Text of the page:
The February PMI weighed in at 51.6, up from 50.0 in January and its highest reading in more than a year. This was the first time since October-December 2014 that the index has registered at least 50 for three consecutive months and suggests that the economic recovery is slowly starting to gain traction.
Production (56.9) saw its fastest growth since last August and backlogs (53.3) returned to expansion territory. However, stocks of purchases (45.5) and stocks of finished goods (45.0) remained well below 50 and employment (45.6) shrank more quickly than in January. Purchase prices (43.8) also continued to slide sharply.
Today's mixed bag suggests that Swiss industry is coping with the strong CHF rate but only by reducing sector headcount which, in turn, poses a threat to medium-term prospects for consumption.
The SVME Purchasing Managers Index (PMI) tracks trends in Swiss manufacturing. Around 200 Swiss industrial companies are surveyed.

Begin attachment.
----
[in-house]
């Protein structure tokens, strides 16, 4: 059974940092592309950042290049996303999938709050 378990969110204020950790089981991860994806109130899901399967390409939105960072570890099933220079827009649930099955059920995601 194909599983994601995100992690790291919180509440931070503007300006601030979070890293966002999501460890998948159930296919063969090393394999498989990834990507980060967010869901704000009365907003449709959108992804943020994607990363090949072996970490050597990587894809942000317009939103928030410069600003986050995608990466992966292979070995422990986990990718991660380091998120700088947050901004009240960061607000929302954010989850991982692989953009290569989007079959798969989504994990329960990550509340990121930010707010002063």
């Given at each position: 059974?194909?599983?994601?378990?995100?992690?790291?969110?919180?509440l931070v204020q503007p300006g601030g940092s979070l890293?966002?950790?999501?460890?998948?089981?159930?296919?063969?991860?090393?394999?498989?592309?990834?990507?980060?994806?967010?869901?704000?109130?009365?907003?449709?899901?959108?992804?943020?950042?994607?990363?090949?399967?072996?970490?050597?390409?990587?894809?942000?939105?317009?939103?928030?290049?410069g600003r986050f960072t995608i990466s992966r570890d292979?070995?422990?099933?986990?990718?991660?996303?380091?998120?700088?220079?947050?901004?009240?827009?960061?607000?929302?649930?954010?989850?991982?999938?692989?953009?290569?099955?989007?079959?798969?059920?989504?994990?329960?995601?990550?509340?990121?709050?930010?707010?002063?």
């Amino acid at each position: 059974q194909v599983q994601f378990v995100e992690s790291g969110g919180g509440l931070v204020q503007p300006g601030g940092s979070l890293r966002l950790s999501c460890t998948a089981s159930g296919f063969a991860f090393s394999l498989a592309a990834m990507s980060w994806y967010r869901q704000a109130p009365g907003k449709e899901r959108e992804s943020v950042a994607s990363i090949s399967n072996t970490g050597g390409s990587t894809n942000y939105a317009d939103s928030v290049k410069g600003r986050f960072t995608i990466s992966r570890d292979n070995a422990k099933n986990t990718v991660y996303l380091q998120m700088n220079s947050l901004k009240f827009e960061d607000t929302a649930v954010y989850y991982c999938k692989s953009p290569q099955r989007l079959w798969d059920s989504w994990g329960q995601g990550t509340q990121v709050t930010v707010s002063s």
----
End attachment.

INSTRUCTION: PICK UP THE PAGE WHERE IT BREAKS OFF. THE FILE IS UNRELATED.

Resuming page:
The PMI is very sensitive to the business cycle and tends to match growth or decline in the economy as a whole. To construct the PMI the Swiss Association of Purchasing and Materials Management conducts monthly surveys of purchasing executives on their performance in the current month versus the previous period. Because the amount of materials ordered by purchasing managers parallels the level of manufacturing production, the PMI is a gauge of production growth. The results are indexed with a centerline of 50; values above 50 indicate expectations of expansion and values below 50 indicate expectations of contraction for the manufacturing sector.
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